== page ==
‘Nervous’ Runner Goes Viral After Documenting Stranger Following Her: WATCH
What started as a typical morning run quickly turned into a scary situation for one 24-year-old woman who is now using her experience to remind others to be aware of their surroundings — and always trust their gut.
Samantha MacIntyre, who shares content on TikTok under the username @sageandmaize, has been training for a half marathon and documenting her mileage on TikTok. She uses TikTok as a runner's journal and shares updates about her breathing patterns, comfort levels and tips to help inspire other runners.
Like most mornings, on Sept. 11 MacIntyre checked in on the social media platform to invite viewers to join her on her eight-mile jaunt. When she reached her fifth mile, she noticed something suspicious.
"Alright, I'm on a run right now, and there's this guy in a red car that's driven by me twice, and every time he drives by me, he has his arm out the window, and he's like looking behind when he's driving by," McIntyre told viewers
"It's making me really nervous. I haven't seen anyone in 10 minutes. I don't know if I'm being paranoid or what," she continued.
"Just documenting this, just in case," MacIntyre added, including a description of the car.
Over the next few miles, MacIntyre kept her viewers updated, informing them that the car had repeatedly passed by her.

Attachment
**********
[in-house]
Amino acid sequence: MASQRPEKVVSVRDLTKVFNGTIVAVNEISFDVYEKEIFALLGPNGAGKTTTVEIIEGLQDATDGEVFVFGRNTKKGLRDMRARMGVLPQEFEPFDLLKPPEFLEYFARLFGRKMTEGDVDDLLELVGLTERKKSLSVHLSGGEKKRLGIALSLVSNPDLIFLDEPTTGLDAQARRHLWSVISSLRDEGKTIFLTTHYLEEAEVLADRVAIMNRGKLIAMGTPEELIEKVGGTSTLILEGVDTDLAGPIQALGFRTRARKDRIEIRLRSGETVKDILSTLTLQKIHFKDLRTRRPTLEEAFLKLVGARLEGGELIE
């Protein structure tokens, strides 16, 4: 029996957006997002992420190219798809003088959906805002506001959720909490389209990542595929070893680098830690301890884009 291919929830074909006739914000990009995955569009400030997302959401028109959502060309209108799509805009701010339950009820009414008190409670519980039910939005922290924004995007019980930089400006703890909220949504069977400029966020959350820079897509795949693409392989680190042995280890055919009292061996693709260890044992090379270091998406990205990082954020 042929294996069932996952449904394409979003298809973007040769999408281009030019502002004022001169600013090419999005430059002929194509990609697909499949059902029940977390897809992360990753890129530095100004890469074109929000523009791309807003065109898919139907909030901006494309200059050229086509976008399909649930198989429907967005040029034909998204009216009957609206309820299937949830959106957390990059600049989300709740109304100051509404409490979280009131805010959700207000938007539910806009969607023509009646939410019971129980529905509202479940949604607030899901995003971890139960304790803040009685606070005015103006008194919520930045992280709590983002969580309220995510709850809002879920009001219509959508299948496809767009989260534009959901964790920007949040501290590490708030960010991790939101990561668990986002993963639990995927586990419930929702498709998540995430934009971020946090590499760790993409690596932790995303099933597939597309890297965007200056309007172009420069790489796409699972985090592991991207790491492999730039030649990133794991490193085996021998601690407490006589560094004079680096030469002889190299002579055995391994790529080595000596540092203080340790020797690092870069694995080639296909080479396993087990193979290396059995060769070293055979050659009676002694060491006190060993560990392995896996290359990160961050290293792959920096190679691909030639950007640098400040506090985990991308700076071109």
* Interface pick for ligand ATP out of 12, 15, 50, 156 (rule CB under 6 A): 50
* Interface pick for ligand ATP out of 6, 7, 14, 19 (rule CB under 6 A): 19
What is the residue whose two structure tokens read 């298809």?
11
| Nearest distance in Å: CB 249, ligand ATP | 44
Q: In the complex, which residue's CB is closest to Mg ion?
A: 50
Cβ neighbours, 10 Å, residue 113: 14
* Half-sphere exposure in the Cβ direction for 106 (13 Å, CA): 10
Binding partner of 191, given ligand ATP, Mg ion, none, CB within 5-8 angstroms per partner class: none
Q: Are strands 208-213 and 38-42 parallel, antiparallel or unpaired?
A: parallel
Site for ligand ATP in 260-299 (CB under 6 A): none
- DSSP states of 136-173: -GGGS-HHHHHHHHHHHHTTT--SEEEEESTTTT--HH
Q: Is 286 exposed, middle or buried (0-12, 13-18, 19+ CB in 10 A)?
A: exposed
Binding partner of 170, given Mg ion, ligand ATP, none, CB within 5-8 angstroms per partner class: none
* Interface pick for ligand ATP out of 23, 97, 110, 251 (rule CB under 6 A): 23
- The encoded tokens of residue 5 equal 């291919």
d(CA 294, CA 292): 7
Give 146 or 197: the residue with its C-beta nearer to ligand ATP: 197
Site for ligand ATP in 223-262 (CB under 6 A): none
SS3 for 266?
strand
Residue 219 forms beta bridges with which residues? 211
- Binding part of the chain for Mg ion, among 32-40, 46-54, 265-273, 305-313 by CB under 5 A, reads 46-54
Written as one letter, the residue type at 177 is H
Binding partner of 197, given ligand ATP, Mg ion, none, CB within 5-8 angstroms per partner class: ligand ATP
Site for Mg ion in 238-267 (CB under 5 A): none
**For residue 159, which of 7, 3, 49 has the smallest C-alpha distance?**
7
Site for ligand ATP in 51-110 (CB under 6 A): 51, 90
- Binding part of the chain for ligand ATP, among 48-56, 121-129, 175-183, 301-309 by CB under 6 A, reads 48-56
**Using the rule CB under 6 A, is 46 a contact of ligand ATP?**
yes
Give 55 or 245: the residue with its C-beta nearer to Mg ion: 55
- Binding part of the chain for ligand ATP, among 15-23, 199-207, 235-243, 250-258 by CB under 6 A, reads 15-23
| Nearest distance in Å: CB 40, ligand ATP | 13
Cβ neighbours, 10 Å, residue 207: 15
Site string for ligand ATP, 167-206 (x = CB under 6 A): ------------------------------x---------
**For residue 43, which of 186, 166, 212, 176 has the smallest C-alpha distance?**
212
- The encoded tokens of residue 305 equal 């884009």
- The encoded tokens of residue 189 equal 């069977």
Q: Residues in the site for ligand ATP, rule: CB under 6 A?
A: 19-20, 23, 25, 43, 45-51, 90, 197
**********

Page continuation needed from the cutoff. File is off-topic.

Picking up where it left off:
As MacIntyre neared the end of her run, she spotted the car parked in an area leading back to where she had parked her vehicle. "I do not feel good about this," she explained as viewers watched her stop and stare at the car, contemplating what to do next.
"It's just one of those things where it's like, you don't think it's gonna happen to you until it happens to you. I don't want to risk anything," she continued, deciding not to pass by the stranger's car.
Instead, she approached a nearby house and asked the owners if she could wait in their yard for her parents to come to pick her up. She also called the police, who later pulled the man over for questioning.
Now, MacIntyre is urging people to pay attention and trust their gut.
"Just please be aware of your surroundings when you are going on runs, carry protection with you, just be safe," MacIntyre said. "If you have a gut feeling that something doesn't feel right, please go with that gut feeling."
MacIntyre's frightening experience comes just weeks after Eliza Fletcher was kidnapped and killed while on a morning run in Memphis, Tenn.